Japanese-born artist On Kawara is best known through his association with the beginnings of American Conceptual art. Born in 1932, Kawara was 12 years old when the atomic bombs fell on Japan. In his youth, he travelled widely before setting roots in New York. He died in 2014.Read More
Kawara's best-known series is his 'Today' series (1966-2013). The paintings of his 'Today' series are more commonly known as his date paintings. The works of the series are horizontal acrylic paintings that record the date they were made in white on a monochromatic background. Nearly 3000 paintings were made over the life of the series, with the first dating back to 4 January 1966. Each painting was completed in one day. If it was not finished by the end of the day, it was destroyed.
In the 'Today' series there were eight options of size for each painting—between 8 x 10 inches and 61 x 89 inches—and three options of hand-mixed (and therefore liable to variation) colour: grey, red or blue. The structure and language of dating would change based on what city Kawara was in that day. Depending on which scale Kawara chose to work with, the painting could take between four and seven hours to finish. For Kawara it was a chance to focus on the act of painting. Subtle differences in each canvas reveal the unique state of mind and emotion with which each painting was produced. Due to the method in which the paintings had to be stored in Kawara's small studio, Kawara created an accompanying box for each work. These boxes included newspaper clippings from the day the painting was made. Simultaneously factual and diary-like, Kawara's date paintings act as both simple reports regarding the day the painting was made and deeply site- and time-specific expressions of mood.
A frequent traveller, Kawara would often send postcards to people he knew (the 'I Got Up' series). The number of postcards eventually added up to more than 1 500. On each postcard was a rubber stamping that indicated what time he had woken up that day. Kawara also sent more than 900 telegrams to acquaintances (the 'I Am Still Alive' series). The telegrams consistently and solely bore the words 'I am still alive.' Such statements are not only an affirmation of life (reassuring messages from someone who is travelling in a pre-cellphone age) and a peek into Kawara's mundane intricacies, they are also an insight—like the paintings—into the depth of meaning available in a single reportorial statement. The odd and unexpected intimacy of such statements should not be overlooked.
Between 1970 and 1971 Kawara typed a list of the previous million years of the world, starting from 1969 and going back to 998 031 BC. In 1998, he typed a list of the next million years, starting from 1999 and going all the way forward to 1 001 998 AD. In Kawara's retrospective, On Kawara—Silence, at the Solomon R. Guggenheim Museum, New York (6 February-3 May 2015), volunteers (two at a time in one-hour shifts; one male and one female; one reading into the past and one into the future; alternating reading dates) recited each list. In these lists, the question of what it means to record time, or perhaps the absurdity of recorded time, is annunciated, and the fleeting nature of our current moment in the face of time's winds is labouriously articulated.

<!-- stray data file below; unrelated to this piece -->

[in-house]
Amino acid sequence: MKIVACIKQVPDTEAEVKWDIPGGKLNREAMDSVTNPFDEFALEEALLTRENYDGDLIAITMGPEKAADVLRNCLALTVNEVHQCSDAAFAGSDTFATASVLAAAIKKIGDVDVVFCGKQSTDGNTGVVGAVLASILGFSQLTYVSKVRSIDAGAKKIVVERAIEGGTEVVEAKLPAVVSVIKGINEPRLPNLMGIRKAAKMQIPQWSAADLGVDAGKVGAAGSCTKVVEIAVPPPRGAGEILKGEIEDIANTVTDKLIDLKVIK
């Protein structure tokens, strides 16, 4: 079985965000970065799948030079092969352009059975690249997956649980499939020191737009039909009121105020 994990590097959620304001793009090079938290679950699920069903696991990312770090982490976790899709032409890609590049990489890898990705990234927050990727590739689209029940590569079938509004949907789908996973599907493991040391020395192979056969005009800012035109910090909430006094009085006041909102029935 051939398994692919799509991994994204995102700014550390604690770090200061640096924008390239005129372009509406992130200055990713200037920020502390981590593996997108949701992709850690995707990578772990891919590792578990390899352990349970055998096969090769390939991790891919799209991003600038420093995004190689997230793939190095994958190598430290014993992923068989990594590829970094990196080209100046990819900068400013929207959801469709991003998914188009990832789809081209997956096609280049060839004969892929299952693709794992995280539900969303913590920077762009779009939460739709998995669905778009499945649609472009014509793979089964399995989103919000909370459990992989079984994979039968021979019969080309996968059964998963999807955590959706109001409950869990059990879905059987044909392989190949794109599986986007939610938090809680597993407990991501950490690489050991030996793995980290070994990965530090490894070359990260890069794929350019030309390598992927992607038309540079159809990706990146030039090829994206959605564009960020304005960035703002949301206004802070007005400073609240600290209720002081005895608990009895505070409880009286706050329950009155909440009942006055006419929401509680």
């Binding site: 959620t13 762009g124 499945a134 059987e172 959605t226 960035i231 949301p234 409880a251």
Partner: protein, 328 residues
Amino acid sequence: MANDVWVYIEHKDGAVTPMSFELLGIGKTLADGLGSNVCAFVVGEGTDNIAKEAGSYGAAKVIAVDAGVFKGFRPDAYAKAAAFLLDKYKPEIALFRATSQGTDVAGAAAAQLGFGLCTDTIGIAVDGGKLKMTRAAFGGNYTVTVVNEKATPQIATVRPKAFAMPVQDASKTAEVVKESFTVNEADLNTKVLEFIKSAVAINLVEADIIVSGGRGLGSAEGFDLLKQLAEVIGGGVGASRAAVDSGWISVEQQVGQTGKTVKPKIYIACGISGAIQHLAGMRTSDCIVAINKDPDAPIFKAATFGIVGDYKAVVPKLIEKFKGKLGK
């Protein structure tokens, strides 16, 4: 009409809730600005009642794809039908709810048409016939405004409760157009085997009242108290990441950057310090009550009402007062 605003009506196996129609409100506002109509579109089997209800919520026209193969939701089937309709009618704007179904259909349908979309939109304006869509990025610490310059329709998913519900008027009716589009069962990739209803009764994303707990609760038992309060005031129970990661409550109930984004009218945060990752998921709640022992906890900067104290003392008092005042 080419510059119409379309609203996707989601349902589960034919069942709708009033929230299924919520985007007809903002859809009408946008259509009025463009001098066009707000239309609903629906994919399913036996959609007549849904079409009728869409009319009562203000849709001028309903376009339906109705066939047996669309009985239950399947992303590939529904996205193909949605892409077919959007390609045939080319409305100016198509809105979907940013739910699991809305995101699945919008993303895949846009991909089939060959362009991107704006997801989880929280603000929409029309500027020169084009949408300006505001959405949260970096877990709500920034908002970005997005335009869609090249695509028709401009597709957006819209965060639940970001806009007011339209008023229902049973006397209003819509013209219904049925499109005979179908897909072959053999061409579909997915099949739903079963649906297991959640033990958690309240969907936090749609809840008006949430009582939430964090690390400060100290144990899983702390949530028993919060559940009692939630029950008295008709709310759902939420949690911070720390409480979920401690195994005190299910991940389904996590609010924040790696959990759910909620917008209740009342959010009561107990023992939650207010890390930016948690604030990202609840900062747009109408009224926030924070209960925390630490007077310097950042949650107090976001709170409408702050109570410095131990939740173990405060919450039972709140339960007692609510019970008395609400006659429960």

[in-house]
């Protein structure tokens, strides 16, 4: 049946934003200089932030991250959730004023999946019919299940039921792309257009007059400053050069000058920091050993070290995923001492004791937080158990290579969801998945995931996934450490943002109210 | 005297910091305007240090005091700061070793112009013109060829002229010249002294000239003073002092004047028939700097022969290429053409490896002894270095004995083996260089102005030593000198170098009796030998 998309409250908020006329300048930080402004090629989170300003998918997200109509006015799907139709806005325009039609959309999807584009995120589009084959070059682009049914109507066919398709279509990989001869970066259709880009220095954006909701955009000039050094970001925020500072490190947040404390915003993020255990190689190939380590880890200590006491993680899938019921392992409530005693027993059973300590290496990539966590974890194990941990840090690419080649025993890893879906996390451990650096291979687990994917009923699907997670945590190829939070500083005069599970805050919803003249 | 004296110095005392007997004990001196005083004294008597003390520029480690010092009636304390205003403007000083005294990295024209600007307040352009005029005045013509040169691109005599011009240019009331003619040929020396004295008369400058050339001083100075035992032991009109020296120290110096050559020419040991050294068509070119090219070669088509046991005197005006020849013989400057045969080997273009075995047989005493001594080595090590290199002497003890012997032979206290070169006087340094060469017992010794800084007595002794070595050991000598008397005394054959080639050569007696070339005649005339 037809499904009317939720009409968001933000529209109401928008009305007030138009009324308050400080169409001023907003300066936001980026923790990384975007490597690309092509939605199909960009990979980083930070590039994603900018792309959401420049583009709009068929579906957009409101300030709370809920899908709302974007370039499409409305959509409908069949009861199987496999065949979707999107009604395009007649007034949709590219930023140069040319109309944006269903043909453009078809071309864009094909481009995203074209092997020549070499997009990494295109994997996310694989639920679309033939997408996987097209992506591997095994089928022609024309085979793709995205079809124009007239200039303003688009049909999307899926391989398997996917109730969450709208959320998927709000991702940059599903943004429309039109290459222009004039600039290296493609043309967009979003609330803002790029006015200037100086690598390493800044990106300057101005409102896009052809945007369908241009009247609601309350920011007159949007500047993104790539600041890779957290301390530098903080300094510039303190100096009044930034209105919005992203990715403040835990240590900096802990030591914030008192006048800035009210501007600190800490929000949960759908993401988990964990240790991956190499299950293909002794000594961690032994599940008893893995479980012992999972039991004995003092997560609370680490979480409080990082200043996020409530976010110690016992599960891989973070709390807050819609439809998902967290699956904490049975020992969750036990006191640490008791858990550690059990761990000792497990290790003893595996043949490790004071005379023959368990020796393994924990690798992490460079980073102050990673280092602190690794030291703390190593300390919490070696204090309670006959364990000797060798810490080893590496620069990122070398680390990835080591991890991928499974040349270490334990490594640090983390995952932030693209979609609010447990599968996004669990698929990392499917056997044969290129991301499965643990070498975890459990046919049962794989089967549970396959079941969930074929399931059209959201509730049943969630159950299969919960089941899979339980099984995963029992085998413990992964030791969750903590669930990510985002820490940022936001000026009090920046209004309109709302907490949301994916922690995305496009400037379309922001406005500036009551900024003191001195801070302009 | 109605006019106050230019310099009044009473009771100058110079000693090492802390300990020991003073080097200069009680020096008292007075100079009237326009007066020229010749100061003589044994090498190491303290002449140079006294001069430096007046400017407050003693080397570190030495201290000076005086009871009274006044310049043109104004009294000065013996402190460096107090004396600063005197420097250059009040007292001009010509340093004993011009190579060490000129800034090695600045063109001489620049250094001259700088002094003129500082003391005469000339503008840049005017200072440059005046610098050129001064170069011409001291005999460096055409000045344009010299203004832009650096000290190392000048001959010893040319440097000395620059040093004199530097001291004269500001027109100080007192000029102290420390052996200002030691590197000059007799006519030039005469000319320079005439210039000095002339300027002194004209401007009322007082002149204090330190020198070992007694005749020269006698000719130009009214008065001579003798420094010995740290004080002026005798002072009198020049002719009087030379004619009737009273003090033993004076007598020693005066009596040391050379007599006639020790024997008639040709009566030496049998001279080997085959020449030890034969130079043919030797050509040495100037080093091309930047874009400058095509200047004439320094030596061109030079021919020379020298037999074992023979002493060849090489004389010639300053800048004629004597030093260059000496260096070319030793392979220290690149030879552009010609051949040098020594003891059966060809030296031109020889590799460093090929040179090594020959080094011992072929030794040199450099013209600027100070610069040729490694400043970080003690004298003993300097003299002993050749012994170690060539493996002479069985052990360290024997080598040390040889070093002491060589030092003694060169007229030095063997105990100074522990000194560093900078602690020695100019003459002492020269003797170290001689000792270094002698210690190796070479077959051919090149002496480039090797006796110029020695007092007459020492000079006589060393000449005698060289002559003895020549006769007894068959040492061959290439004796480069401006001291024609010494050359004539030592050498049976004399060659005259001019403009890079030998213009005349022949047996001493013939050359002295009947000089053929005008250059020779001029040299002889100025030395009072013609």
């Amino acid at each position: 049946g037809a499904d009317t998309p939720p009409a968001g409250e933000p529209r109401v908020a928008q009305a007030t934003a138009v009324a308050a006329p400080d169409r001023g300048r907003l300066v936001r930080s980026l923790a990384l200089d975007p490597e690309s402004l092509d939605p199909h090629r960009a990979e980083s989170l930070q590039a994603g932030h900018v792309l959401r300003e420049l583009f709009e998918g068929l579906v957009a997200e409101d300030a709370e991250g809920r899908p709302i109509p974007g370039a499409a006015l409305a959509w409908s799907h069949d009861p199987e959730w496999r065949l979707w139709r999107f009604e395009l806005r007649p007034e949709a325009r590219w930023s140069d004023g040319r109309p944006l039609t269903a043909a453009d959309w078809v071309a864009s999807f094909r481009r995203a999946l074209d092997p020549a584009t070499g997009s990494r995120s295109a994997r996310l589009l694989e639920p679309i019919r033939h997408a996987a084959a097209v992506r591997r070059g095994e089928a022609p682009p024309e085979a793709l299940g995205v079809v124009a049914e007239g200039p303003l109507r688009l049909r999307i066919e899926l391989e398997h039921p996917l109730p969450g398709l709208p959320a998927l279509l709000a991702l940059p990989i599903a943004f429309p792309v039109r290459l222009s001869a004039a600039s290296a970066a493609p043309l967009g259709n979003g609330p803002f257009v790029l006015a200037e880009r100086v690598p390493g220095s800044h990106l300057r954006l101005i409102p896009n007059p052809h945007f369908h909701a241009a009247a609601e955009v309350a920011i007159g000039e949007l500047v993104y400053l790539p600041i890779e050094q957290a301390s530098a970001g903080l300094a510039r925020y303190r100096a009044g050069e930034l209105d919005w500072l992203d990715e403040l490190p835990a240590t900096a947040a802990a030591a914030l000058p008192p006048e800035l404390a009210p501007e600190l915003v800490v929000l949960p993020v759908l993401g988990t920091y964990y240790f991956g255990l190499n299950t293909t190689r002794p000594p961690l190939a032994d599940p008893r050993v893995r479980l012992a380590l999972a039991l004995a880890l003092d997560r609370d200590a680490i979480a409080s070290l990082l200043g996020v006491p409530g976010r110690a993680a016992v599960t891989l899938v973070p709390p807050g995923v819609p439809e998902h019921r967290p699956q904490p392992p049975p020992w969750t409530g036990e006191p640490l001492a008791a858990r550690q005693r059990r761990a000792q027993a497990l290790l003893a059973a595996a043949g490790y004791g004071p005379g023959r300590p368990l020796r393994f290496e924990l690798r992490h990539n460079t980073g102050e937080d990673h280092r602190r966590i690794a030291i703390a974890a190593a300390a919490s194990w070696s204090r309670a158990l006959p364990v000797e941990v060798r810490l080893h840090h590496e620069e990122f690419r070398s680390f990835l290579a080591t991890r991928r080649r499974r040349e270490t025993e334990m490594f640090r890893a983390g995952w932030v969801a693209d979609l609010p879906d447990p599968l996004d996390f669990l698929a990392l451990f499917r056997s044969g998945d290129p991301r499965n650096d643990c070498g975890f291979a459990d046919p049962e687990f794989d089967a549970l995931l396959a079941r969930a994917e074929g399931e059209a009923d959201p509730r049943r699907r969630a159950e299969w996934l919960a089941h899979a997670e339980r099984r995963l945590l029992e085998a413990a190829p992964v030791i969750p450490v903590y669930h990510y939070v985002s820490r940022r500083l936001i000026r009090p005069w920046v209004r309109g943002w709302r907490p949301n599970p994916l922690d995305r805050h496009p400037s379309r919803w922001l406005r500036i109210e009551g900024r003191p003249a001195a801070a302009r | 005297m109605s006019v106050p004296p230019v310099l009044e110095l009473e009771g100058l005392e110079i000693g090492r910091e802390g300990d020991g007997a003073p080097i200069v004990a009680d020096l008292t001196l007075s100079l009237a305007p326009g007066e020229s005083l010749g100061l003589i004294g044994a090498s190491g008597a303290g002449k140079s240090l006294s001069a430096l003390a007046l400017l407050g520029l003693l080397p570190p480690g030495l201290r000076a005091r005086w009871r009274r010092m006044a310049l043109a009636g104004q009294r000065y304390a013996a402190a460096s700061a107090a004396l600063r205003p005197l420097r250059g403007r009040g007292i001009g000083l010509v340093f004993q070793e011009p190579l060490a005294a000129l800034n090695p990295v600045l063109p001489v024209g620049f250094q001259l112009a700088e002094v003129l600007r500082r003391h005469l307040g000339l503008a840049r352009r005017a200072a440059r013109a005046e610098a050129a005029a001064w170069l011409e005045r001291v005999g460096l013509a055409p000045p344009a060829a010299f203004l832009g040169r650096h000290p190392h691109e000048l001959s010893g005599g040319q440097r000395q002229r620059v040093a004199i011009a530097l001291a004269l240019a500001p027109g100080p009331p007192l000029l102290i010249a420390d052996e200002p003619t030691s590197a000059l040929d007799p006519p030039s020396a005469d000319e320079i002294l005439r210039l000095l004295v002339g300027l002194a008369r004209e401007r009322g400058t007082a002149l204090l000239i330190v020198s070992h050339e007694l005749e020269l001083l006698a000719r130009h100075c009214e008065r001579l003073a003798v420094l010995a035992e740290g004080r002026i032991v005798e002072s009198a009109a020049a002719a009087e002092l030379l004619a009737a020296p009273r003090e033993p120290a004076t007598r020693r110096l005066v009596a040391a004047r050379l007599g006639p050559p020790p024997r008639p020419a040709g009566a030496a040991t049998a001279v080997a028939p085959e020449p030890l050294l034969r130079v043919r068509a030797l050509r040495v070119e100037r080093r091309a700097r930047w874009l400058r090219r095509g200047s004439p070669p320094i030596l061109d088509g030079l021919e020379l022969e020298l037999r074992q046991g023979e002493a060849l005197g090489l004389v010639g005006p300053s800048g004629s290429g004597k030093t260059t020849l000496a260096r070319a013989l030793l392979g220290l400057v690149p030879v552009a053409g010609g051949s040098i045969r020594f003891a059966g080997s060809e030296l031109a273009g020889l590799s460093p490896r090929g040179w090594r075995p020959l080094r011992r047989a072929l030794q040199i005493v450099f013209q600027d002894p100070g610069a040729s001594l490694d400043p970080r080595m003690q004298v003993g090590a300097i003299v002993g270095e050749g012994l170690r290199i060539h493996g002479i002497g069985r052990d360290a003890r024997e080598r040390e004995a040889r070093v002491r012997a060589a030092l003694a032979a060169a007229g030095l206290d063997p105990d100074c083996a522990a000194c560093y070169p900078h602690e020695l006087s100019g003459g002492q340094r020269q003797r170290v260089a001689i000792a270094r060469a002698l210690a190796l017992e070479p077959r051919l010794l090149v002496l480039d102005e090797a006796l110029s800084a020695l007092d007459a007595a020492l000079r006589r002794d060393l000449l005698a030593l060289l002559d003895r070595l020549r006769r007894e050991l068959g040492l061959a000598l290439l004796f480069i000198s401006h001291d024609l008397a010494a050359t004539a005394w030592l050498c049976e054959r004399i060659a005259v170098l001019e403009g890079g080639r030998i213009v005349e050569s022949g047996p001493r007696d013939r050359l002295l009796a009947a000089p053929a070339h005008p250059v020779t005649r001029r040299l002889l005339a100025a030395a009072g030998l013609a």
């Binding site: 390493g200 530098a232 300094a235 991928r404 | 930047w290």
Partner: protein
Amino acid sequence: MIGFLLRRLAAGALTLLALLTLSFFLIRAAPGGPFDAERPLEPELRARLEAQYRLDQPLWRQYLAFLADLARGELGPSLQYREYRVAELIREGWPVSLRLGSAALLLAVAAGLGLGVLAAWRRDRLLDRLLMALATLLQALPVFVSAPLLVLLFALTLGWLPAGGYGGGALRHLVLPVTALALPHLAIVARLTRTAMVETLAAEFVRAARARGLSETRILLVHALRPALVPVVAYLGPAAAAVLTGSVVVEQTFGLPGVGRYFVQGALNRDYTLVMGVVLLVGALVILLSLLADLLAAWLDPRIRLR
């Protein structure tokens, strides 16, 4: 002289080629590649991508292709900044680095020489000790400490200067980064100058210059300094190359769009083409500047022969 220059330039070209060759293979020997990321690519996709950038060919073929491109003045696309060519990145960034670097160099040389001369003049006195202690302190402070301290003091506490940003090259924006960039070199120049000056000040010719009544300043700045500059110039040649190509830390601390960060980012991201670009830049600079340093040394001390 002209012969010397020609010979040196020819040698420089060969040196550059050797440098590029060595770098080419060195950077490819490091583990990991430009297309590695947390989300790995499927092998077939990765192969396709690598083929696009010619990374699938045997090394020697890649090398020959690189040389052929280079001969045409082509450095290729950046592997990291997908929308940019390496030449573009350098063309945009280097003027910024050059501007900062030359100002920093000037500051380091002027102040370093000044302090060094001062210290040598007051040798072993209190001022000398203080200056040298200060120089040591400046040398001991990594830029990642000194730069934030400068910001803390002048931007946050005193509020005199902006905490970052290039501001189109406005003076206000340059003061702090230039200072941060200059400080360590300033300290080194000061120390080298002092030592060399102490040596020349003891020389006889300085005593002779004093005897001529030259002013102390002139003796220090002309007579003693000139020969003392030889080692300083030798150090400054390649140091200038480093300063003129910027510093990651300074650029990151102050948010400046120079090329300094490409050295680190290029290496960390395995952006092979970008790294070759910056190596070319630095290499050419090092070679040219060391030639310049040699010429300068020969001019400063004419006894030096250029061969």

Casey Carsel | Ocula | 2017
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The triennale takes inspiration from conceptual artist On Kawara, who for decades sent telegrams reminding people he wasn't dead.
The gallery's first exhibition includes works by Katharina Grosse, Norbert Bisky, Friedrich Kunath, and Alicja Kwade.
From 17 December 2016 to 30 April 2017 the Art Gallery of New South Wales in Sydney presents Time, light, Japan: Japanese art 1990s to now. The exhibition explores time and light through video, photography, sound and installation from the 1990s to now. Drawing from the gallery's collection, the exhibition brings together the works of eight...
What images keep you company in the space where you work? Susanne Bürner: Tree Still (Sage), Tree Still (Coriander) and Tree Still (Chives) (all 2000). What was the first piece of art that really mattered to you? It was a work by Man Ray that I saw in an exhibition a very, very long time ago: The Lovers (1936). If you could...
Singapore Art Museum’s (SAM) latest exhibition Time of Others, which opened on 21 November 2015, is a curatorial collaboration with three other distinguished museums exhibited in four locations in three countries: the Museum of Contemporary Art, Tokyo (MOT), National Museum of Art, Osaka (NMAO) and the Queensland Art Gallery | Gallery of...
The seemingly dry, narrow-gauge art of the Conceptual giant On Kawara is profound — profoundly simple, human and deep. And, as proved by that artist’s first full-dress retrospective, “On Kawara — Silence” at the Guggenheim Museum, its quality is most apparent when it is seen in quantity. Mr. Kawara, who was born...